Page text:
Karl Marx, Jay-Z & SGI Funds have a lot in common

Usually the title of these posts IS a myth.  But believe this one is true.  Where did I come up with these seemingly completely unrelated topics?  Oddly, they were in the top 10 financial search words last month.

Karl Marx

Karl-Marx-Monument in Chemnitz
Karl Marx Monument in Chemnitz

First, what he was not.  Marx was neither Russan nor capital-C Communist, despite having written The Communist Manifesto.  He was a law student from a wealthy Jewish family headed by his attorney father.  I’m guessing his unpopularity with the authorities from whom he fled Germany, France & Belgium was due to his central belief that theology would eventually succumb to philosophy.

A prolific journalist & author, Marx was admirable in his focus on fair & efficient political and social processes (such as his belief in a “constitutional republic with freely elected assemblies”.  Like I, he felt wealth and merit needed to be reconnected, without which there would be constant struggle between the economic classes.


Streetart in Katoomba

The first hip-hop billionaire, Jay-Z (aka Shawn Corey Carter) holds the fascination of millions around the world.  We obsess over our billionaires, that’s for sure.  But as perfectly stated in this recent USA Today article, Jay-Z epitomizes what every investor should emulate:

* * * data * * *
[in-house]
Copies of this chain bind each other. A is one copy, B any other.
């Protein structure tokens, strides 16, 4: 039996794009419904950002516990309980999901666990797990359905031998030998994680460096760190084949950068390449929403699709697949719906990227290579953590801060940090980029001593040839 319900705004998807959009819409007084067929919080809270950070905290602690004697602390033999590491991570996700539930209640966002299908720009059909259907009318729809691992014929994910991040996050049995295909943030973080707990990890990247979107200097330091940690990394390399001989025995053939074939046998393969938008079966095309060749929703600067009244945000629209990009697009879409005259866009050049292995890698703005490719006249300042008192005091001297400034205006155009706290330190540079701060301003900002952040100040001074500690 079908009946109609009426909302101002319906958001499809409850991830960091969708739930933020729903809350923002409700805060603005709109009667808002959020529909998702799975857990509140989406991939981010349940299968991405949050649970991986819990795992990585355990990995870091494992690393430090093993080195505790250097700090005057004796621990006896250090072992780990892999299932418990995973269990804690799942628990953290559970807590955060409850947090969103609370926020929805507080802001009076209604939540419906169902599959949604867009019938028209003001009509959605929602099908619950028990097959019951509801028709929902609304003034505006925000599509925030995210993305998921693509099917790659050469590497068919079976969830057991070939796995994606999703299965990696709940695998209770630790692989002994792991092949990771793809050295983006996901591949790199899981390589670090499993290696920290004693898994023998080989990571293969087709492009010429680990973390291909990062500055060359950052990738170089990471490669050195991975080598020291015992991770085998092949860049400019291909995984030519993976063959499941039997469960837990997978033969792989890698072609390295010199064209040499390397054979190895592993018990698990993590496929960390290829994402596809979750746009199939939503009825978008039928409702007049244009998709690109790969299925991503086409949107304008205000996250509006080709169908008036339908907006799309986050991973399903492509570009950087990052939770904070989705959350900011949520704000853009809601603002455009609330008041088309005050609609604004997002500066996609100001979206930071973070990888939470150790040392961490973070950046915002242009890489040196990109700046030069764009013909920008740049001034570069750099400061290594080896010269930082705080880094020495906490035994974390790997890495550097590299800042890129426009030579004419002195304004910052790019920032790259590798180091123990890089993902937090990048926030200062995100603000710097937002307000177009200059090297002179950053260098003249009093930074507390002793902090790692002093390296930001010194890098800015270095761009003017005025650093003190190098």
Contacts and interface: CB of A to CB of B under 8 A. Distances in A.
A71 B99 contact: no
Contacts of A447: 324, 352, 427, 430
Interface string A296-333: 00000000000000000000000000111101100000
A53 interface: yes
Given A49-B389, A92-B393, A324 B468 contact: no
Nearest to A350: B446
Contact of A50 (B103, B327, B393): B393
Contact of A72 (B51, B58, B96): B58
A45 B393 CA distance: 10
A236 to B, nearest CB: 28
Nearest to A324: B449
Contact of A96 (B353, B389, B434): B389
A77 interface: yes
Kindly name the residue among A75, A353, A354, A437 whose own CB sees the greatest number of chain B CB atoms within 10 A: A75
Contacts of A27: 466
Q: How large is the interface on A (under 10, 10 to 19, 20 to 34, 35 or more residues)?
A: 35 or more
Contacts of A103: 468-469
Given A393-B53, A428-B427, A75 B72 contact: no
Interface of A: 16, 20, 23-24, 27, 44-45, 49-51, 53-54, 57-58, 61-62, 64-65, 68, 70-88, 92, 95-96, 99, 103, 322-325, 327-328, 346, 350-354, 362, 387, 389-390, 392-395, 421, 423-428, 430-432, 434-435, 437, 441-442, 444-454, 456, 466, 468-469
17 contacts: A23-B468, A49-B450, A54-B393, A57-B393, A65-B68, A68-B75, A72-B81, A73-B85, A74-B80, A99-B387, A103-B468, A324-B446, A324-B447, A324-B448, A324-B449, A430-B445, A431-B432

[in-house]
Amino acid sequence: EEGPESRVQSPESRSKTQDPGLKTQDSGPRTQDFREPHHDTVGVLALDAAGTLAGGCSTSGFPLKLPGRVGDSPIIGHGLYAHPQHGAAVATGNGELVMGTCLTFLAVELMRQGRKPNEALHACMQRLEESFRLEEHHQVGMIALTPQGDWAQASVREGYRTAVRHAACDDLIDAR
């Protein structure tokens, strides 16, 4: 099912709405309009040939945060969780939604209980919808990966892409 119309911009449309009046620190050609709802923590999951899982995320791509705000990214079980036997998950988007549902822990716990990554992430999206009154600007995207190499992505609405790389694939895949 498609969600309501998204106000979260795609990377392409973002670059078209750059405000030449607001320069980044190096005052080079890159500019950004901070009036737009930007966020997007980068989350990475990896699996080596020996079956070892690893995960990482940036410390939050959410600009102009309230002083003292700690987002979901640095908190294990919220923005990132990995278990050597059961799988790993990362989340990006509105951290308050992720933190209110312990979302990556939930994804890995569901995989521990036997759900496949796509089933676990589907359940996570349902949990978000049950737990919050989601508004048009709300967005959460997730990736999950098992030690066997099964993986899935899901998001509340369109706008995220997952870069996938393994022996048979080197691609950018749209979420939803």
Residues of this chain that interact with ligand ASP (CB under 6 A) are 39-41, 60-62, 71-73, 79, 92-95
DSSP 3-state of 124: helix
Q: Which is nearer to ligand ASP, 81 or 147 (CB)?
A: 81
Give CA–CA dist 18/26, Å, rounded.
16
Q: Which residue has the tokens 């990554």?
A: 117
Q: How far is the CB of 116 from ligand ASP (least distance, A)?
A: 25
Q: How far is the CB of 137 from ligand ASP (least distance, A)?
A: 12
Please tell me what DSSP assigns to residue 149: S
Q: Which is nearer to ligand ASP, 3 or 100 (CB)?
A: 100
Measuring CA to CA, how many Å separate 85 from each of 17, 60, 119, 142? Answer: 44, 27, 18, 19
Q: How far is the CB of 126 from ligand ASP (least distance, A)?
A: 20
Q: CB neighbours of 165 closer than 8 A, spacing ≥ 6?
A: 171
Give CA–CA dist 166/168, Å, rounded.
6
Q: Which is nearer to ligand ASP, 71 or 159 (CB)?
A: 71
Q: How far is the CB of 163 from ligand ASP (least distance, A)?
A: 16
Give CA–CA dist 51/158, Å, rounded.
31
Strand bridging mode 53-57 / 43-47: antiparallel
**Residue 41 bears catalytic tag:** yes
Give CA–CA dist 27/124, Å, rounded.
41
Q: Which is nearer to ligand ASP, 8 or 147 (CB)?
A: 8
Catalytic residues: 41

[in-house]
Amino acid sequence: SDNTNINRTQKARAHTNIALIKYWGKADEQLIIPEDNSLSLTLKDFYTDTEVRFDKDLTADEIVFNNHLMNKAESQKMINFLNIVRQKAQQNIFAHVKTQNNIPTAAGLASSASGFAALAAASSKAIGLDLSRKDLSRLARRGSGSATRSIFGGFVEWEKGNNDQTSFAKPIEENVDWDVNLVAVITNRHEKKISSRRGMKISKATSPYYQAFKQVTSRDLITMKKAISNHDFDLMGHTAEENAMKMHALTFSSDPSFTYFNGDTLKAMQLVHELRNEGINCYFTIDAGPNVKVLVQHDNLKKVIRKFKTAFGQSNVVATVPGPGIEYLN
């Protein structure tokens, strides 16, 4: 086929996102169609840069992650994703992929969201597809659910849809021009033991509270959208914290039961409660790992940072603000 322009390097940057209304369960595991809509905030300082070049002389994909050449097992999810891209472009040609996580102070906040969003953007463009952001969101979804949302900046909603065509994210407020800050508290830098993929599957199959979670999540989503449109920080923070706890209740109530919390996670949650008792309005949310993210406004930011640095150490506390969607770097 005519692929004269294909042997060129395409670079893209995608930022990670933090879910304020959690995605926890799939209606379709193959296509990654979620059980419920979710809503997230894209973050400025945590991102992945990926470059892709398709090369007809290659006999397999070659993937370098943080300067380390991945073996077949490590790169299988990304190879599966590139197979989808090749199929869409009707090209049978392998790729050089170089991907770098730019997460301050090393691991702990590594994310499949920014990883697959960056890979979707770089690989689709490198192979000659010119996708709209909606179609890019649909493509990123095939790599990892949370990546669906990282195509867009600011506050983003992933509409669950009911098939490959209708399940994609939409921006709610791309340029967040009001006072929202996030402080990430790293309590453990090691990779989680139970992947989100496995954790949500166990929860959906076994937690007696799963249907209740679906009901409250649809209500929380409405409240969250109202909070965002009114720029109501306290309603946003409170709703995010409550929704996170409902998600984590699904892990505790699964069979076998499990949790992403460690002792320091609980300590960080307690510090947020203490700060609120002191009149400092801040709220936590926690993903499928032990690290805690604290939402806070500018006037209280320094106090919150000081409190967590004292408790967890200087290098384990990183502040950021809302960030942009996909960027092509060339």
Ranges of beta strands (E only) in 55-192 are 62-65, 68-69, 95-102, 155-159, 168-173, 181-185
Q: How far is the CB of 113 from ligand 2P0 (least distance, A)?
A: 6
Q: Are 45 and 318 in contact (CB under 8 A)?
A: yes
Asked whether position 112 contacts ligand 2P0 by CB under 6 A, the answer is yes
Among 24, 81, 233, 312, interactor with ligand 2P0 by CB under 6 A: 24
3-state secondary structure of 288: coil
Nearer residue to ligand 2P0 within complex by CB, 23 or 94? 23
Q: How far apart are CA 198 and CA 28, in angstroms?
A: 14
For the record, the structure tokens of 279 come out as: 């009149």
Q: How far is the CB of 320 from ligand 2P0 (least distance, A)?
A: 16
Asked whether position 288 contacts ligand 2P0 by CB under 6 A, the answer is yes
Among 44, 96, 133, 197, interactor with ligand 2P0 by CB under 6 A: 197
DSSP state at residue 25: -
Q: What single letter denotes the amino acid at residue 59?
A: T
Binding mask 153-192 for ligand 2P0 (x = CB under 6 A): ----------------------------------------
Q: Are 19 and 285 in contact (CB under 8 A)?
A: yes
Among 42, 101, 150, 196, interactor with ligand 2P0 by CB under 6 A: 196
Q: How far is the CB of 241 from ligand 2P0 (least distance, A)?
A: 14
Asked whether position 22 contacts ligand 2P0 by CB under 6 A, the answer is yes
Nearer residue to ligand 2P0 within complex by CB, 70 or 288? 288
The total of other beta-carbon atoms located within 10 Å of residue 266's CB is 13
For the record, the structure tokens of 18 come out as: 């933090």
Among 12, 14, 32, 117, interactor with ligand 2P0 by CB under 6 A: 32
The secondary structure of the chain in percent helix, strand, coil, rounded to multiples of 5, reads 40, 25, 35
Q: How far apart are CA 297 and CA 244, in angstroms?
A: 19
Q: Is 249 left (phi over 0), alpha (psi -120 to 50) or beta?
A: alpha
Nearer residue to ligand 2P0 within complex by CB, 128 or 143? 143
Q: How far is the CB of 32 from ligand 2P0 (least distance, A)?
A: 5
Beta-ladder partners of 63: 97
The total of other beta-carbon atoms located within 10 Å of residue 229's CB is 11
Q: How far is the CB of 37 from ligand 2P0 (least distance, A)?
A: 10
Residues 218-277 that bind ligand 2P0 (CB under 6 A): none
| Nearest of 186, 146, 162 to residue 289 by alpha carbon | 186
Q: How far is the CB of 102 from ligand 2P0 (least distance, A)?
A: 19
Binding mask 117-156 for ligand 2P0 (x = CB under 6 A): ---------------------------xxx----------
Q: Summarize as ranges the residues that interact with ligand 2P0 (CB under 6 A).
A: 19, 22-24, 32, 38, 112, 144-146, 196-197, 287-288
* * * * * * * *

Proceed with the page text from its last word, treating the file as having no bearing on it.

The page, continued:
1. Diversify across several sectors and industries.  Jay-Z has his own champagne and congac brands, sports promotions, investments in fashion, Uber & his own Uber-like jet sharing app as well as his own venture capital firm

2. Invest in what you know and love.  This is important because if you don’t love your work and your place in the world (e.g. your investments) you probably won’t be motivated to put in the effort and commitment necessary to be successful.

3. Commit to your goals.  Not everyone can be a billionaire.  In fact, hardly anyone can be.  I would restate this as “pick goals that inspire your commitment”.

Would Marx have liked Jay-Z?  I think so.


Experiencing heavy in-flows of new capital, ESG funds mirror the growing awareness that sensible and ethical companies are more likely than the liars and cheaters to flourish in the future.  ESG stands for Environmental, Social and Governance & the funds and companies that pass those screens.  

ESG is supposed to be a more evolved, stringent screen than SRI (socially responsible investing) or sustainable investing.  Here’s what they mean, in a nutshell:

  • Environmental- conserving, protecting and even enhancing local and global natural environments
  • Social- treating employees, clients, partners and the communities in which the business operates with respect by following the law, providing quality safe products & services, & contributing to the needs of local communities.
  • Governance- operating in a compliant, equitable and transparent manner.

So I find it encouraging that people are interested in these three topics.


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